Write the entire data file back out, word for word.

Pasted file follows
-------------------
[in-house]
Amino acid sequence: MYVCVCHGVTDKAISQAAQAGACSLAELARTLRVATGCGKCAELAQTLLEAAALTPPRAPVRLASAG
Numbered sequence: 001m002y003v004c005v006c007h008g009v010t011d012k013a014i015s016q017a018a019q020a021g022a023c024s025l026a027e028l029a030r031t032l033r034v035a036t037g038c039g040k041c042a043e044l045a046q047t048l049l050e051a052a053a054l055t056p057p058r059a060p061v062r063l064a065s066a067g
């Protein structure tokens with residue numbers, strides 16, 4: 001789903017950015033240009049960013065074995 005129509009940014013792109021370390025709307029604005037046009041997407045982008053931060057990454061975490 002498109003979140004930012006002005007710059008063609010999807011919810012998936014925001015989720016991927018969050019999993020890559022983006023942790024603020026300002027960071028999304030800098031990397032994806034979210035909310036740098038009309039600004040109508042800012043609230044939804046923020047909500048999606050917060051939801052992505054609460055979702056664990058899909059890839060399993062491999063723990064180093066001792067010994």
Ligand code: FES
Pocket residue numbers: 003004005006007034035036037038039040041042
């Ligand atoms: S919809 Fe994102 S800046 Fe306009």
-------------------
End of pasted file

[in-house]
Amino acid sequence: MYVCVCHGVTDKAISQAAQAGACSLAELARTLRVATGCGKCAELAQTLLEAAALTPPRAPVRLASAG
Numbered sequence: 001m002y003v004c005v006c007h008g009v010t011d012k013a014i015s016q017a018a019q020a021g022a023c024s025l026a027e028l029a030r031t032l033r034v035a036t037g038c039g040k041c042a043e044l045a046q047t048l049l050e051a052a053a054l055t056p057p058r059a060p061v062r063l064a065s066a067g
């Protein structure tokens with residue numbers, strides 16, 4: 001789903017950015033240009049960013065074995 005129509009940014013792109021370390025709307029604005037046009041997407045982008053931060057990454061975490 002498109003979140004930012006002005007710059008063609010999807011919810012998936014925001015989720016991927018969050019999993020890559022983006023942790024603020026300002027960071028999304030800098031990397032994806034979210035909310036740098038009309039600004040109508042800012043609230044939804046923020047909500048999606050917060051939801052992505054609460055979702056664990058899909059890839060399993062491999063723990064180093066001792067010994």
Ligand code: FES
Pocket residue numbers: 003004005006007034035036037038039040041042
């Ligand atoms: S919809 Fe994102 S800046 Fe306009």